Tax treatment of assessed losses

Pitsi Rammutla*


The Income Tax Act provides that in determining the taxable income of a company from carrying on any trade, the company can set off any assessed loss against the income so derived. As a result, the companys tax liability is reduced.

A company will be considered to have an assessed loss during the year of assessment if its allowable deductions exceed its income for that year. It will be entitled to carry forward its assessed loss for set off against future taxable income, provided that it continues to trade[1]. If it ceases trading, the assessed loss will be lost.

Below certain issues are highlighted which a company needs to be aware of when considering the tax treatment of assessed losses.


When will a company be carrying on a trade? The term trade is quite widely defined in the Income Tax Act and includes the letting of property. Although the definition of trade does not spell it out as such, it is to be noted that “to trade” constitutes more than just an intention to trade. For example, the mere intention to let property does not constitute carrying on trade.

When does trade commence?

At what point will a company be considered to have started trading? For example, if a company conducts certain feasibility studies to assess the viability of a venture, will the feasibility studies constitute the carrying on of a trade? Unfortunately, there is very little guidance to be found in our law on this point. It has however been held by our courts that:

“It is clearly correct that a venture must be viewed as a whole and that it may straddle more than one tax year; there is, however, a vast difference between the mere laying of plans for respondents future, on the one hand, and the commencement of preparatory activities for a future venture, on the other, and at least some activity is required. The mere laying of plans cannot constitute the carrying on of a trade as envisaged in section 1 of the Income Tax Act in the absence of some positive act aimed at promoting the said plans.”[2]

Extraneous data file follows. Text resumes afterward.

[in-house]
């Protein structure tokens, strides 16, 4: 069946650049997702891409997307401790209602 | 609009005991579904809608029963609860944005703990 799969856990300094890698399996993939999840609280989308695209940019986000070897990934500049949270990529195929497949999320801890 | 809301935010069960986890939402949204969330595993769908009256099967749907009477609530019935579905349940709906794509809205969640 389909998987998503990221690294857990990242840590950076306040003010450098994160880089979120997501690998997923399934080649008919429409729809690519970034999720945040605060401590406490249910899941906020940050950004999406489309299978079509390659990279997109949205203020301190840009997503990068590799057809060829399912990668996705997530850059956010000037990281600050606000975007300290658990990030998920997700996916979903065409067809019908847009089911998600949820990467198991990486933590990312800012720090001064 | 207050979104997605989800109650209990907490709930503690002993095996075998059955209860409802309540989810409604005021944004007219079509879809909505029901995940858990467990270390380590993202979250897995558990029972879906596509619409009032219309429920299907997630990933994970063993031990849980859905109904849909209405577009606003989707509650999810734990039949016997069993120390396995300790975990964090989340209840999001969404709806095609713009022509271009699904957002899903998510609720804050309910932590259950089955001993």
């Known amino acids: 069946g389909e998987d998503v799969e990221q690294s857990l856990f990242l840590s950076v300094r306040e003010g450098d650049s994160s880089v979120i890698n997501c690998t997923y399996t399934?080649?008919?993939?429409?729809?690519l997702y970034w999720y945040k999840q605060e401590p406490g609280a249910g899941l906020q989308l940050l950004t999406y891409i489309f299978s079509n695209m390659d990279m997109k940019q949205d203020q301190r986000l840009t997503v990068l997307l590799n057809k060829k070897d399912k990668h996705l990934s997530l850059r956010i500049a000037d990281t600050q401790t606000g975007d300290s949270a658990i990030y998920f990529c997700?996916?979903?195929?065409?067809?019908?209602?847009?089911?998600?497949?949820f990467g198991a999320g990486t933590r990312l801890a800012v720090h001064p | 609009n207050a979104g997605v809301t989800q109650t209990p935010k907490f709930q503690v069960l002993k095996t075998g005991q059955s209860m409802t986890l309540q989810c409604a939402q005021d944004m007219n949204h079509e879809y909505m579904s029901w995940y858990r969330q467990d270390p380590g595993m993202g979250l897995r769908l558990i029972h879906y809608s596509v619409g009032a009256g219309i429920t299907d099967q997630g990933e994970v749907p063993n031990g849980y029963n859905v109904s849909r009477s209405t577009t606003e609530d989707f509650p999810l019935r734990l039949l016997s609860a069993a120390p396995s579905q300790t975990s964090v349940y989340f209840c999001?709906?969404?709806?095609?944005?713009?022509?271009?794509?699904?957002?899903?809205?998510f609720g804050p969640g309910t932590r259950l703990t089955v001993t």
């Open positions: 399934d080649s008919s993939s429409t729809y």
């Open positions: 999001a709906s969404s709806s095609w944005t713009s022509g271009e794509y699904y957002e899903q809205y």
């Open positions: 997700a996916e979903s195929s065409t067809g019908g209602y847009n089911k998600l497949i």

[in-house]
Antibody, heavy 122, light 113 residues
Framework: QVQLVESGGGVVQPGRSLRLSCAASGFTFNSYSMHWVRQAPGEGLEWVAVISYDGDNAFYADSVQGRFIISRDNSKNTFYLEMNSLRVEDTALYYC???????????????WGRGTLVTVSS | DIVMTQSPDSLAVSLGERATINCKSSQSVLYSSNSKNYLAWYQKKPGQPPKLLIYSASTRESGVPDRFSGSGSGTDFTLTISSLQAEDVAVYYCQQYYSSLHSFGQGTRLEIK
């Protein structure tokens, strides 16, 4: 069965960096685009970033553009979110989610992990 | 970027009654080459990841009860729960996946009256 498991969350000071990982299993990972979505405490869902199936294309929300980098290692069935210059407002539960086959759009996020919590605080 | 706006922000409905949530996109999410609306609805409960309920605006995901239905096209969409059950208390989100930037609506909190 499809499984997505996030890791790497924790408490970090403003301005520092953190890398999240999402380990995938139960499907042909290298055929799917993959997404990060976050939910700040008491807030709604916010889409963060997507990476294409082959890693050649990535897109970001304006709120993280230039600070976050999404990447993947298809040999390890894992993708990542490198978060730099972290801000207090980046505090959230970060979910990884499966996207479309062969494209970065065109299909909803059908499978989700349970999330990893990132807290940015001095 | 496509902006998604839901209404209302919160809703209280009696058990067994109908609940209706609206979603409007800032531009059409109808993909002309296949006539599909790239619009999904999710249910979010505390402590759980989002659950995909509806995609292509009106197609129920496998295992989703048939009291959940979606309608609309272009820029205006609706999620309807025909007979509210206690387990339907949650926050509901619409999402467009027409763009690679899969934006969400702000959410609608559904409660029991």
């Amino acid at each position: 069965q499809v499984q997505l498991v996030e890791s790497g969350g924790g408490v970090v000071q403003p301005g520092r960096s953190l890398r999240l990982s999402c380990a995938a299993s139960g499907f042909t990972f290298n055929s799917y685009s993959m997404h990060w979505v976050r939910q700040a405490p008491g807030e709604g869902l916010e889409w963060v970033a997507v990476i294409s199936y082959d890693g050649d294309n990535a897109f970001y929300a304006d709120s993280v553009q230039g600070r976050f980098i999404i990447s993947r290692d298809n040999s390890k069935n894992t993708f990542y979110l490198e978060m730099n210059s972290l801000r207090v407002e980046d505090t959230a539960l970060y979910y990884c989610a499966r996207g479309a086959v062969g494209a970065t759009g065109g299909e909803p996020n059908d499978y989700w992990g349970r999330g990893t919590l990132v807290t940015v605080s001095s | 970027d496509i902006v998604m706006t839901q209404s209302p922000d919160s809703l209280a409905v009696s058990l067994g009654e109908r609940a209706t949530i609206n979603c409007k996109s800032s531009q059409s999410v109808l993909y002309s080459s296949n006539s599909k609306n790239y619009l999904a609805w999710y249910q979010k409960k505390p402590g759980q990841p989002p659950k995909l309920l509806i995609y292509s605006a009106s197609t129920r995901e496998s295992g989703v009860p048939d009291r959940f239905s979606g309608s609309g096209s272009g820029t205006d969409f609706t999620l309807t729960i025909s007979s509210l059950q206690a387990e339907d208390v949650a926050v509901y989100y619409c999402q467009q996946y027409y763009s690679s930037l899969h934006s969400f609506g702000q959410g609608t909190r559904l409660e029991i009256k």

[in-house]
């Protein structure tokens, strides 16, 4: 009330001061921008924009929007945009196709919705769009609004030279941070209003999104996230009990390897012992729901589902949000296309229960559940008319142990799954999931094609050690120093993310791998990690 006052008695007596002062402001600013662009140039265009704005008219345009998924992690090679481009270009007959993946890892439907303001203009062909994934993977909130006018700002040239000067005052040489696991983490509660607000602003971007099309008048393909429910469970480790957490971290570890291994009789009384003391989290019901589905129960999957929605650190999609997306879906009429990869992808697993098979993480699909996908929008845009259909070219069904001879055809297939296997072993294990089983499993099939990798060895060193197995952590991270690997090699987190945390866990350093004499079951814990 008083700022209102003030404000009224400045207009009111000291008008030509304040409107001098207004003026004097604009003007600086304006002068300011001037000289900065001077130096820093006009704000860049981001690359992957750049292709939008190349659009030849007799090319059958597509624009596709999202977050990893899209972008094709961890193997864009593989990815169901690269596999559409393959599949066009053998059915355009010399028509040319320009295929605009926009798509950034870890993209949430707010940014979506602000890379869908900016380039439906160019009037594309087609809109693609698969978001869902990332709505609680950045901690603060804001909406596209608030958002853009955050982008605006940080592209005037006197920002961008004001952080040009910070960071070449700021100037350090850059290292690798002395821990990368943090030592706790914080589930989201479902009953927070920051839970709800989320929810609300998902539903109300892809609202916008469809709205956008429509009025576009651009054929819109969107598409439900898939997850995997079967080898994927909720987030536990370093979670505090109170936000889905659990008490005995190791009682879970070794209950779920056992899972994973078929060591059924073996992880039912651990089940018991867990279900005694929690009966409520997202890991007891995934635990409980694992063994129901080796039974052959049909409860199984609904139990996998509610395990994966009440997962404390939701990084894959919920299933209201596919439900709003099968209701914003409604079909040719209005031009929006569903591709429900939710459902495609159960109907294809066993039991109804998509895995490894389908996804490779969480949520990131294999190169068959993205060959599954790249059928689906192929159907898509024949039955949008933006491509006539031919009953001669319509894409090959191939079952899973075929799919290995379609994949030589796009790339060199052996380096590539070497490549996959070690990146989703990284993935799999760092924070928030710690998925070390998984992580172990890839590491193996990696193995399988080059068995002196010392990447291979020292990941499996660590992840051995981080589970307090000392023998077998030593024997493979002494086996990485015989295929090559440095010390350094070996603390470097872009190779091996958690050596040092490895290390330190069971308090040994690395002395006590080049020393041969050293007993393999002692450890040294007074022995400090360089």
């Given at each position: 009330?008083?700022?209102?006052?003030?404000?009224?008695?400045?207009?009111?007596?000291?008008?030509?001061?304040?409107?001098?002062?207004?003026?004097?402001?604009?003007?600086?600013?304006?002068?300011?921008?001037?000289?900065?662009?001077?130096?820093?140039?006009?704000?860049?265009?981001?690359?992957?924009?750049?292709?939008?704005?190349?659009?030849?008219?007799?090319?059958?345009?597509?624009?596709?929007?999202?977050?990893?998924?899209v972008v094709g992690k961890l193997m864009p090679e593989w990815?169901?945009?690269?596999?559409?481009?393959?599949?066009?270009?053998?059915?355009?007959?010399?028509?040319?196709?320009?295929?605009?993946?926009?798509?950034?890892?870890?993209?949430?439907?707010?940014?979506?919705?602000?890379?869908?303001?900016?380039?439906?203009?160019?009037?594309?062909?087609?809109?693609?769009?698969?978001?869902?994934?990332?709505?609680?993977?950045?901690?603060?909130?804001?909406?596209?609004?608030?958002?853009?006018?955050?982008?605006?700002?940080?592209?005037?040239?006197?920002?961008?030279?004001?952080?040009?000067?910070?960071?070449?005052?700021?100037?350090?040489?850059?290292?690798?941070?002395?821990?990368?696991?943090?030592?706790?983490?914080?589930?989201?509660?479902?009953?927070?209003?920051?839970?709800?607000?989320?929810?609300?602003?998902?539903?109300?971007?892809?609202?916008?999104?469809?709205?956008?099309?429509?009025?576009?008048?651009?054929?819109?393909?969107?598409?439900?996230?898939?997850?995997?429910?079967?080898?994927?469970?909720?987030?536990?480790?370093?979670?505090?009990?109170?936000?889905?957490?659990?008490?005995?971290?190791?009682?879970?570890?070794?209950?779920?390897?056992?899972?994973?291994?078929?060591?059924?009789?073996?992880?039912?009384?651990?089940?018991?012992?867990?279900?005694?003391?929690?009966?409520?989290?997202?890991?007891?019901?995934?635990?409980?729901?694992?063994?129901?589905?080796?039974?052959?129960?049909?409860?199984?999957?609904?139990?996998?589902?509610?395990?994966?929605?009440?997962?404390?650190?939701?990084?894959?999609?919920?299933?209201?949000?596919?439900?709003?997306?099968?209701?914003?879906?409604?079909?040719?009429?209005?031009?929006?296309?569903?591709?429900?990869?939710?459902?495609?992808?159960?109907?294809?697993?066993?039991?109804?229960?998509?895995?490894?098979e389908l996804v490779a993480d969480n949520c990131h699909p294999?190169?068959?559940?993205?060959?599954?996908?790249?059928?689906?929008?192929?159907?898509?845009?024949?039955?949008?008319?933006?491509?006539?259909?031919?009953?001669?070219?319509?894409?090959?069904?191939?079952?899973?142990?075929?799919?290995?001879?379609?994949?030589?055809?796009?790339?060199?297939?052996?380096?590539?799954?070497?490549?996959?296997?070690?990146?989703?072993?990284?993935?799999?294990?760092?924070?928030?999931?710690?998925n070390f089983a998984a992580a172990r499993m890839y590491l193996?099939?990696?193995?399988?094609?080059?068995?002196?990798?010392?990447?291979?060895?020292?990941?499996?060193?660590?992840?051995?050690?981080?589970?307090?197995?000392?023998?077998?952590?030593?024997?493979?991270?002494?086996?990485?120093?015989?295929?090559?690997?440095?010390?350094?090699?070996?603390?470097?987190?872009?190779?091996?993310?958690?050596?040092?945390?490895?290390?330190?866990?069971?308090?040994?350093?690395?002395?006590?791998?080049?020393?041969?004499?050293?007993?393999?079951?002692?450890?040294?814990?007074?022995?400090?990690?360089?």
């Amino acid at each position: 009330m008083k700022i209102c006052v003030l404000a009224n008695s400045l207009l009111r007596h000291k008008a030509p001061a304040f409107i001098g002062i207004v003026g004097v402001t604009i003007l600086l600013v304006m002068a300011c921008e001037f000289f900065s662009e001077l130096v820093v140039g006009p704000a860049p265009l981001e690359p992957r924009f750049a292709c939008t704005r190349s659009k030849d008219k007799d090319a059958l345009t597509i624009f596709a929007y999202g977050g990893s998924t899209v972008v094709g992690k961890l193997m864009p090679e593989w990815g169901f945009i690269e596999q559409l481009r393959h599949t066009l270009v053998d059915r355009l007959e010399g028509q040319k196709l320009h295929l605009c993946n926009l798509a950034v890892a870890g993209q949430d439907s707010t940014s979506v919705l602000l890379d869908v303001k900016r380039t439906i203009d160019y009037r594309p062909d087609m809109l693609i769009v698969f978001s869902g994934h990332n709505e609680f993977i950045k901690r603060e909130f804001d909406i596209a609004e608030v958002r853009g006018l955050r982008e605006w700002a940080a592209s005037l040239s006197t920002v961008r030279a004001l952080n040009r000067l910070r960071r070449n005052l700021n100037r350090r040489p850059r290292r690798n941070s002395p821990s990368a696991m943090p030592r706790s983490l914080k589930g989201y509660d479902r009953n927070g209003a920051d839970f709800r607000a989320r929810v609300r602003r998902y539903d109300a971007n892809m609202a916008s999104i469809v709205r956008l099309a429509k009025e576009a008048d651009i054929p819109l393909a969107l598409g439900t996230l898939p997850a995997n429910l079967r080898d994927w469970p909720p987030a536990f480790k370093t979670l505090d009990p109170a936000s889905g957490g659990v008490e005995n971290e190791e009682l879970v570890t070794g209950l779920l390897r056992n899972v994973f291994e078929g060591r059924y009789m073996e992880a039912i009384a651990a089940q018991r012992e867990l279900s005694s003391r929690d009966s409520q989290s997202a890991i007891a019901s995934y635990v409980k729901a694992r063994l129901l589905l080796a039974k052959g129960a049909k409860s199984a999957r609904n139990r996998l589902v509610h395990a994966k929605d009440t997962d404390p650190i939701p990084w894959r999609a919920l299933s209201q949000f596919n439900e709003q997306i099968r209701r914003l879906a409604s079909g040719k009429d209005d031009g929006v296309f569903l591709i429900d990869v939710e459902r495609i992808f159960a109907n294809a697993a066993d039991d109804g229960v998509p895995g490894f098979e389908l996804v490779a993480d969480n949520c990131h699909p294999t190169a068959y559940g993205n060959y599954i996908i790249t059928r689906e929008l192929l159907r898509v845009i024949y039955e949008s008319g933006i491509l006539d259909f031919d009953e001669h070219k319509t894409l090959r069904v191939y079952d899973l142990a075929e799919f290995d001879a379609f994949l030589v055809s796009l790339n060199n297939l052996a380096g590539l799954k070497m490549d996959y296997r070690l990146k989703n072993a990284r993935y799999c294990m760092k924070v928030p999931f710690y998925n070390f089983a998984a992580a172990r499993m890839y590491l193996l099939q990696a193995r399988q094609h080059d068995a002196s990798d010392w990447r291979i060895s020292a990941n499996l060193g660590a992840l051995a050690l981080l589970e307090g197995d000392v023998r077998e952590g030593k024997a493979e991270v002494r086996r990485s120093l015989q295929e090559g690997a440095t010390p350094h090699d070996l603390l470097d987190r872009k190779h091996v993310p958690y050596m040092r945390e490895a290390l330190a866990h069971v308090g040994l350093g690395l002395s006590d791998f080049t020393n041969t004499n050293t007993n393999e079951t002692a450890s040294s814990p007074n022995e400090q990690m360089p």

As stated above, in determining the taxable income of a company from carrying on any trade, the company can set off any assessed loss against the income so derived.

What does “income” mean in this context? Is it income as defined in the Income Tax Act, being gross income less exempt income, or is it something else? From our case law, it would appear that it is not income in its defined sense but rather income taxable but for the set-off of the assessed loss. This means that a set-off can only arise if there would otherwise have been taxable income[3]. This is a startling view and it is recognised by the South African Revenue Service that to apply the law in this manner would lead to iniquitous results. The practice therefore is that the assessed loss will not be forfeited as long as the company continues to earn at least some income from trading.

Trading outside the Republic

If a company is carrying on both a local and foreign trade, it is not allowed to set off any assessed loss from its foreign trade against income from its local trade.

Pre-trading expenses

Companies are allowed to deduct expenses incurred before the commencement of trade from income earned once they start trading. However, if a company generates an assessed loss as a result of deducting these so-called pre-trade expenses, the assessed loss is ring fenced and cannot be set off against income from any other trade. This restriction constitutes an exception to the normal rule, which allows an assessed loss to be set off against income from any other trade of the company.

Pre-trade expenses from a specific trade may only be deducted from the income from that trade after deducting any other amounts which are allowable as a deduction (from that trade) in terms of any other provision of the Income Tax Act. This means that an assessed loss from any other trade must be deducted from the income of a specific trade before taking into account any pre-trade expenses relating to that specific trade. This is illustrated in the example below.

Assume that company X has two trades (trade A & B). Trade A generates taxable income of R100 before deducting pre trade expenses of R50.Trade B generates an assessed loss of R100 and has no pre trade expenses. Company X must set off the assessed loss from trade B against the taxable income of trade A of R100 before deducting the pre trade expenses of R50. In this example the pre-trade of R50 will therefore be carried forward.

Corporate Rules

Within a South African group of companies, it is possible, by using certain tax rules, that a group company can transfer its assets to another group company in a tax neutral manner. This recognises that, although each company within the group is a separate company, in reality the group as a whole is a one economic unit. Thus, when companies within the same group transfer assets between one another in terms of the corporate rules, the transferor and transferee are treated as one and the same person and as a result, income tax and CGT rollover relief is provided.

However, no relief is provided for the transfer of assessed losses within a group context. For example, group company A has an assessed loss and group company B has taxable income: A is not permitted to transfer its loss to B in order to reduce the Groups effective tax burden. This appears to contradict the view that the group as a whole is viewed as a one economic unit. In fact, SARS can undo any intra-group transaction which it views to be concluded for the sole or main purpose of using the assessed loss to reduce the groups tax burden – indeed an anomalous outcome.

*Pitsi Rammutla is a senior consultant at Deloitte

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